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This Divided State (2005)

Cast: Jay Vogel, Jay Vogel, Jim Bassey, more...
Director: Steven Greenstreet, Steven Greenstreet
    see all cast/crew...
Rating: Not Rated
Studio: Disinformation
Genre: Documentary, Political & Social Issues, Religion
Running Time: 88 min.
Languages: English
    see additional details...

Synopsis
The state of Utah has long been home to the American headquarters of the Church of Latter-Day Saints (better known as the Mormons), and as befits the straight-laced lifestyle dictated by the faith, Utah tends to be a solidly conservative community and traditionally supportive of Republican candidates. However, many gained a perspective on just how conservative Utah was in September 2004, when filmmaker and leftist activist Michael Moore was invited to speak on the campus of Utah Valley State College in Orem, UT two weeks before the presidential election. While UVSC organizers expected some degree of controversy, no one anticipated the bitter firestorm of criticism that resulted, with many community leaders denouncing Moore and demanding that the event be canceled, with some on the event committee receiving death threats. (Joe Vogel, the student body vice-president who helped spearhead Moore's appearance, happened to be a former Mormon missionary and card-carrying Republican who believed that Moore's right to speak outweighed his own opinion about his views.) One of the most outspoken critics was businessman Kay Anderson, who was especially critical of the fact UVSC were paying Moore an honorarium to speak on campus. Anderson, who told reporters Moore "hates our values and would like to destroy us," offered the school 25,000 dollars to cancel the event. As tempers flared, some supporters of Moore's visit questioned the political influence of the Mormon church in Utah, while others wondered if someone can be a good Mormon and a liberal at the same time. This Divided State is a documentary directed by Steven Greenstreet, who studied at both Brigham Young University and UVSC, which offers a bird's-eye view of the controversy with a number of community and student representatives on both sides of the issue contributing their views. ~ Mark Deming, All Movie Guide

GreenCine Member Reviews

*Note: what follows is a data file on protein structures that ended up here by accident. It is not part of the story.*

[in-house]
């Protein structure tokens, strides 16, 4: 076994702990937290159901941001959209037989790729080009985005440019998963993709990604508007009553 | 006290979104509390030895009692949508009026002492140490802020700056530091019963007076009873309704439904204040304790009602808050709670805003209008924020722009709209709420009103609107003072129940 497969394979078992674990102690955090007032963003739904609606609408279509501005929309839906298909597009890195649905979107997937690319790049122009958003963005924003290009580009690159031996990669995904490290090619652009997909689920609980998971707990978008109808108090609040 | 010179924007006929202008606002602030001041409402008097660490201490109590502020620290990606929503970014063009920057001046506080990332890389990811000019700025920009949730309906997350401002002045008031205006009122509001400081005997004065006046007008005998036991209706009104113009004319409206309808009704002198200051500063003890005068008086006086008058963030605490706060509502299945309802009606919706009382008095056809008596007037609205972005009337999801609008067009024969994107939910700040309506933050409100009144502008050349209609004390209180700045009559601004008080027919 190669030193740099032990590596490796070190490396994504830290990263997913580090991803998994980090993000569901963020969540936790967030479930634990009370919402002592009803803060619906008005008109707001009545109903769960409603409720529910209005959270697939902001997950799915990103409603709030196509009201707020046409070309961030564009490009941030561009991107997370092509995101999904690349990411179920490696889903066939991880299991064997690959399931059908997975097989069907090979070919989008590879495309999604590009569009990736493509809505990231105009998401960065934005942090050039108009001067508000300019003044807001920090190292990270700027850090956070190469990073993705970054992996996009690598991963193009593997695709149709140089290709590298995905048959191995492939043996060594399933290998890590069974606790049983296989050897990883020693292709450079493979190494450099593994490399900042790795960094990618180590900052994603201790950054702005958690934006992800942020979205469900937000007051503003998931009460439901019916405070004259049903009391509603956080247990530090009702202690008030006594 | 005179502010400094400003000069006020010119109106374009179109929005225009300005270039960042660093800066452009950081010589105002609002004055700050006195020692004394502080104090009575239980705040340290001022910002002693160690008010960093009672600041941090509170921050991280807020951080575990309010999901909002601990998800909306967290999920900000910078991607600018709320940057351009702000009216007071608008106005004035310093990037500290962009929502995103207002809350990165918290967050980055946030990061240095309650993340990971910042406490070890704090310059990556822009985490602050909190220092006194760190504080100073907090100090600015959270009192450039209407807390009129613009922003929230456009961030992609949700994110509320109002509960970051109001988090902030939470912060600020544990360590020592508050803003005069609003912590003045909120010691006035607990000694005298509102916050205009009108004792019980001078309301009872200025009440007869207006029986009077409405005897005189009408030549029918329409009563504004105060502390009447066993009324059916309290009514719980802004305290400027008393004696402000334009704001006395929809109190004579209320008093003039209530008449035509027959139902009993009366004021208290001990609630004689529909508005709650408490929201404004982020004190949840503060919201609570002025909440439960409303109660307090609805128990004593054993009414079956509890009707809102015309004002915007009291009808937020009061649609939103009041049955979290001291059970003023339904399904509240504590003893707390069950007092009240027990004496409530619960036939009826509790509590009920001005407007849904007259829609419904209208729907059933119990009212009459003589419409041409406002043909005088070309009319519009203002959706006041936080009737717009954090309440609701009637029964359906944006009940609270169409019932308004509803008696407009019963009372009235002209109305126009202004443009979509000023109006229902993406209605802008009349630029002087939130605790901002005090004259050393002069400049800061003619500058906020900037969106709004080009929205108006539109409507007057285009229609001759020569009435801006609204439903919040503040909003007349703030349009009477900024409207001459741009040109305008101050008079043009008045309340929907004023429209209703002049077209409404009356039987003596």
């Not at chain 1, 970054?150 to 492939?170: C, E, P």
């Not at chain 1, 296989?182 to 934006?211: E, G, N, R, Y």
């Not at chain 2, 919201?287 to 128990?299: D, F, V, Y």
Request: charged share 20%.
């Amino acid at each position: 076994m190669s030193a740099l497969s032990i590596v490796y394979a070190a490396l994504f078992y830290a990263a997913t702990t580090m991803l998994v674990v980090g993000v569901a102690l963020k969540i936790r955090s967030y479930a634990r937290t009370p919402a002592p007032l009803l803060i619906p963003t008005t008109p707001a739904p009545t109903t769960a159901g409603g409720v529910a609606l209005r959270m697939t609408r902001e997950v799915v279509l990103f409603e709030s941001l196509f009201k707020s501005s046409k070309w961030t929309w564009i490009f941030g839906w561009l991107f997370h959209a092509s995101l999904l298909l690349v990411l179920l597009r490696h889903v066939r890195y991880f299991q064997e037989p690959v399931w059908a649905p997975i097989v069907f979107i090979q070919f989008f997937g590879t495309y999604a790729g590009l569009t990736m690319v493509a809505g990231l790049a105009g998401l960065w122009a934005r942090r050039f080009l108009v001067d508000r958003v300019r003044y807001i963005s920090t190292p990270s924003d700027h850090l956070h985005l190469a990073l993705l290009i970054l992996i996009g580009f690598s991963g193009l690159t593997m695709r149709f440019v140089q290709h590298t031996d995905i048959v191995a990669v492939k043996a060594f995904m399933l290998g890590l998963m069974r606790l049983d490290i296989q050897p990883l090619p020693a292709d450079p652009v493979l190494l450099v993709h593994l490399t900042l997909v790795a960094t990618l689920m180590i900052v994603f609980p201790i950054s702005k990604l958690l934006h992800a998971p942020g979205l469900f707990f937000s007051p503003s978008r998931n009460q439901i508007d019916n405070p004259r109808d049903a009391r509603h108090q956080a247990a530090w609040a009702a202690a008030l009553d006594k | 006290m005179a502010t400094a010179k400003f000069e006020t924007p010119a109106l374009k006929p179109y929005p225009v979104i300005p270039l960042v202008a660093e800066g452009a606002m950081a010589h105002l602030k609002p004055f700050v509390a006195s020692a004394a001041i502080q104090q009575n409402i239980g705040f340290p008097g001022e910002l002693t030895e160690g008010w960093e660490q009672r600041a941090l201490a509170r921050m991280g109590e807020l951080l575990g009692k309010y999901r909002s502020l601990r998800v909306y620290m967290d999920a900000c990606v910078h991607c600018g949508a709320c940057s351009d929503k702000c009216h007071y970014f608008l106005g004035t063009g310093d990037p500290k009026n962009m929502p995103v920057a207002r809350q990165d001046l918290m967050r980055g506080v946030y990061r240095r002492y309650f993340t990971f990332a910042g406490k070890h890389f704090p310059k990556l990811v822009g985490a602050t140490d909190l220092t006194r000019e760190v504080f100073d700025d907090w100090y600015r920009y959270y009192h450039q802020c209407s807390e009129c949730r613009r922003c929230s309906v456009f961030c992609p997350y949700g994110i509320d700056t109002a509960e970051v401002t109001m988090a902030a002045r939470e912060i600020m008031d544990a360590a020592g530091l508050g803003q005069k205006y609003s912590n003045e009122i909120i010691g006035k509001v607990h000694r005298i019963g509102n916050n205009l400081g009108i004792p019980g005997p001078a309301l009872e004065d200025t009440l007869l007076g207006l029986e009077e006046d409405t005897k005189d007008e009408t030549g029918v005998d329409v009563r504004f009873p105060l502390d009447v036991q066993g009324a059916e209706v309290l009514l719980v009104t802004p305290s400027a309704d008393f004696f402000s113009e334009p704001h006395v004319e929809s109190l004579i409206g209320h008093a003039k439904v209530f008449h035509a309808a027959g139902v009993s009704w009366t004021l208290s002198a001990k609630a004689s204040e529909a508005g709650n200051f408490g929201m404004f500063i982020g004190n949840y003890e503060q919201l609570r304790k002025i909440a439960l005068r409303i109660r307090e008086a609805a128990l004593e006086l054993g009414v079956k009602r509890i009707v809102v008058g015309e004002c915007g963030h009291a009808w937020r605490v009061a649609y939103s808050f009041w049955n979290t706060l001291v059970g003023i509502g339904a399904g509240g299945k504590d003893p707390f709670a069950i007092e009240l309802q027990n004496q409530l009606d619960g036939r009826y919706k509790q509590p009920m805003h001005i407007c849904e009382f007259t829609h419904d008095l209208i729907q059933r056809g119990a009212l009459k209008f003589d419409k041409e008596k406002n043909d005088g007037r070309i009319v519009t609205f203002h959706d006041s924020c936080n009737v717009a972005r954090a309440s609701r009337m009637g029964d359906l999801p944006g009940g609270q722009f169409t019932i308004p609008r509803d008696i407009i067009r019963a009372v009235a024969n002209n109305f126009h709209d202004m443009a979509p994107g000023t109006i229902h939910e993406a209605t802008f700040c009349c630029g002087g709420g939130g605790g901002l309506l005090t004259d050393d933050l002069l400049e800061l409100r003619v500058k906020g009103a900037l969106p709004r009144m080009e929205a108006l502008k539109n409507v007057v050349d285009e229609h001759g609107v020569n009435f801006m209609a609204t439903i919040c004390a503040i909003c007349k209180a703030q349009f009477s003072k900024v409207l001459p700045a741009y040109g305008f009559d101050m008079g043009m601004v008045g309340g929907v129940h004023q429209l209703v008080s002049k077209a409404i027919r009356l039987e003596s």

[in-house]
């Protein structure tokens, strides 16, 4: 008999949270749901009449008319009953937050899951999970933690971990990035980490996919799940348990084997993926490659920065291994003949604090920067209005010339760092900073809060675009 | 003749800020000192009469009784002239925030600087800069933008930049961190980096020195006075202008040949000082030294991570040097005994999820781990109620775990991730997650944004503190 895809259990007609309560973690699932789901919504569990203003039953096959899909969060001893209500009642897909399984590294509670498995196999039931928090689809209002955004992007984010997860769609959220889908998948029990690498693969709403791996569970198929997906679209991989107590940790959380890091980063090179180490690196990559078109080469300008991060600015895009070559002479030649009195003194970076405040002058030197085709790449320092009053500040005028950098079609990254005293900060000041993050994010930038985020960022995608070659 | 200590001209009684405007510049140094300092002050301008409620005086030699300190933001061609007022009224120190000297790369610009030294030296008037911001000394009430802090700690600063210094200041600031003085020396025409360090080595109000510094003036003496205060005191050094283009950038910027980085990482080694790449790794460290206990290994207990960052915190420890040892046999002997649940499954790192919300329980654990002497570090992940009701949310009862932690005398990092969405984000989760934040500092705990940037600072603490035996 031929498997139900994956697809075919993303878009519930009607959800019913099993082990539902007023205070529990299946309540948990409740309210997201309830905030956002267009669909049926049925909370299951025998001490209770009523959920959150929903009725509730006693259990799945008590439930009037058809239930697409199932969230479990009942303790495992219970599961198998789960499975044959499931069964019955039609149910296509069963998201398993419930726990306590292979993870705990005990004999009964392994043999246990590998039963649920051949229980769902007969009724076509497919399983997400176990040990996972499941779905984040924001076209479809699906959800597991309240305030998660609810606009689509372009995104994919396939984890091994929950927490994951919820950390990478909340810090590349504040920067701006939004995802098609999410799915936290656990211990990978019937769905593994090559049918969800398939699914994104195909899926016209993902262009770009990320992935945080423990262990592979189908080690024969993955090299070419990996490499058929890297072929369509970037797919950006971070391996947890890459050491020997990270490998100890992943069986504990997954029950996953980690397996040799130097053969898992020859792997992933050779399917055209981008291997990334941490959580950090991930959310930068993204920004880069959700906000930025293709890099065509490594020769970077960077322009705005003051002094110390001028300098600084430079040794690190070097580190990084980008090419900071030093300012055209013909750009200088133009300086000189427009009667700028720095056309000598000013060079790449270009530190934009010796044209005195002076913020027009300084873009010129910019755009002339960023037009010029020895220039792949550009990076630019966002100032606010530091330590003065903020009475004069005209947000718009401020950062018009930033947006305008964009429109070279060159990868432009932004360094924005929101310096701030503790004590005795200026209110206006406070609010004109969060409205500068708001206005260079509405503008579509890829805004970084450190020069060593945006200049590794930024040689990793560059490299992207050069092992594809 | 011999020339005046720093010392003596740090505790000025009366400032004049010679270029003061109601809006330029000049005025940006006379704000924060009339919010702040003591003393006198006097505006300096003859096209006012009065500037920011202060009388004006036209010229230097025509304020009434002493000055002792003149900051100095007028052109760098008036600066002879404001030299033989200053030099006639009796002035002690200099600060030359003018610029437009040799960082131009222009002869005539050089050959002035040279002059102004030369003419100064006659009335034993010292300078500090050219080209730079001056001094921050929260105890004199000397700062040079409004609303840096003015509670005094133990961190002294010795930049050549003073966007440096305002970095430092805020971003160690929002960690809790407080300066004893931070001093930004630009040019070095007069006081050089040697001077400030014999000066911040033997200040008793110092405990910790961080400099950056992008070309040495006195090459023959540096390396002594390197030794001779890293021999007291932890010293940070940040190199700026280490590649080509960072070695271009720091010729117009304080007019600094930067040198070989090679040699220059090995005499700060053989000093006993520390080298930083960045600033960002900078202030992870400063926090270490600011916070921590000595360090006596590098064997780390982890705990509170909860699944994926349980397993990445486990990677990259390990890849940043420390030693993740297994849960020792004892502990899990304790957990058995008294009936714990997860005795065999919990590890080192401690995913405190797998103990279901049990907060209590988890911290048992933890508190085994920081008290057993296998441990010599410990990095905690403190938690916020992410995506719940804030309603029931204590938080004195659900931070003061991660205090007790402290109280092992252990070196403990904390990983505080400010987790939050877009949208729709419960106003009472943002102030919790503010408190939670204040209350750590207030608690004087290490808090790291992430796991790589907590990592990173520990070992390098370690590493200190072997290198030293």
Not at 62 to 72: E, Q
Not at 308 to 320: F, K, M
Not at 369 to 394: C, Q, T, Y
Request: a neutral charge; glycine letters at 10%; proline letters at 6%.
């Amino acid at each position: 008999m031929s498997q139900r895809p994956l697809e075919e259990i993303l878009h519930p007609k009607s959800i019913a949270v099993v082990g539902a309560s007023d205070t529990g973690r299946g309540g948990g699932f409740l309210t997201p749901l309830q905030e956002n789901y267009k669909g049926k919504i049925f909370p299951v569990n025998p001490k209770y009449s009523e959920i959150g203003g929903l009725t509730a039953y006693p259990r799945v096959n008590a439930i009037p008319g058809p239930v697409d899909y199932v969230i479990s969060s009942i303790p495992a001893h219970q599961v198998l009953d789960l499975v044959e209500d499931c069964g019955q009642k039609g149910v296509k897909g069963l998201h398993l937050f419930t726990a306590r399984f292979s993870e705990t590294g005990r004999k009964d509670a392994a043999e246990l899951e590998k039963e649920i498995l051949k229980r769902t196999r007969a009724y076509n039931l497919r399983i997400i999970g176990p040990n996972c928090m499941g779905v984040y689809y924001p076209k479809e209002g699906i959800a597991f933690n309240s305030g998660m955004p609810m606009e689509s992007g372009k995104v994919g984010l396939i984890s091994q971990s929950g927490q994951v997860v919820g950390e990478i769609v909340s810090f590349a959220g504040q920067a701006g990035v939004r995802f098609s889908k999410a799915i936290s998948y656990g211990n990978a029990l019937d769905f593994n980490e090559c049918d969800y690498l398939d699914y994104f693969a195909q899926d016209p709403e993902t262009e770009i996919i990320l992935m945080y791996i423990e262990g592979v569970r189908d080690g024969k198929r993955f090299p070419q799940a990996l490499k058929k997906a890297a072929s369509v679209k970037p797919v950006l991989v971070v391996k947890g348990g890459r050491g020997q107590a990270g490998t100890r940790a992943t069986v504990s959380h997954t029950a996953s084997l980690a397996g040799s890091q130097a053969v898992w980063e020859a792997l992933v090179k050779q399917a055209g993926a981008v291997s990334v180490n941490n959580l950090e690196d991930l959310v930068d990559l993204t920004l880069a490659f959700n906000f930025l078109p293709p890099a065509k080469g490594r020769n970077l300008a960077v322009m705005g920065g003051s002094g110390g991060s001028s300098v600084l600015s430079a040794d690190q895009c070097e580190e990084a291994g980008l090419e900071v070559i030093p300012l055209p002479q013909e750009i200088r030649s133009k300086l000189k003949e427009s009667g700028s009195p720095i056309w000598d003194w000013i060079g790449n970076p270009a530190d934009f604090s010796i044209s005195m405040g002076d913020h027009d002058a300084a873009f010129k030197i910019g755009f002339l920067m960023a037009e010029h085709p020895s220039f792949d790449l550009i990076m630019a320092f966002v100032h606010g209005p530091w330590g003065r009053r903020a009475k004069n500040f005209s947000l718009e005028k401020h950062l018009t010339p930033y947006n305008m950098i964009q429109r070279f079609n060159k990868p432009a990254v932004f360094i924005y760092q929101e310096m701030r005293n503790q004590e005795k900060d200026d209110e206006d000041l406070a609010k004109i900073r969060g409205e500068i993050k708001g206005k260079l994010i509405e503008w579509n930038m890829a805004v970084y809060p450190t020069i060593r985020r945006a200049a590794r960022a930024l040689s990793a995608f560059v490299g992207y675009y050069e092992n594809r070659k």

The Ties That Divide by talltale October 21, 2005 - 7:50 AM PDT
12345678910
6 out of 6 members found this review helpful
A most interesting and surprising documentary, THIS DIVIDED STATE details the pre-, during and post-furor over the scheduled appearance of documentarian Michael Moore at a Utah college, just prior to the last presidential election. Whatever side director Stephen Greenstreet (who is said to have dropped out of college in order to make this movie) is on, he gives plenty of time and voice to the talking heads (and bodies) of both the pro- and anti- Bush and Moore factions.

The appearance is to take place at a thoroughly Mormon and Republican venue, yet there are a surprising number of liberal voices present, and the majority of the students seem eager and willing to give these voices a chance to be heard--if not agreed with. We meet the student body officers who decided--along with their teachers and administration--to invite Moore, certain gung-ho students who want him barred from campus, and a very outwardly pleasant but scary-as-hell citizen who lives nearby the campus and campaigns mightily to stop the event.

By its end, the film has evolved into an unresolved mystery of how and why a certain party resigned from office, and we've witnessed the coming of Moore, as well as Fox News' Sean Hannity. The former does his usual grandstanding, while the latter offers his usual sleazy, name-calling grandstanding. There are chilling moments, as well as very funny ones, and lots of read-between-the-lines ideas that make "This Divided State" 90 minutes of supremely tasty food for thought.

While I hate to think of any bright student having to drop out of college, I must admit the results appear worth it. I hope Greenstreet made enough money off this movie to pay for his remaining education--as well as the opportunity to make more films this thoughtful, energetic and entertaining.




GreenCine Member Rating
12345678910

(Average 7.30)
20 Votes
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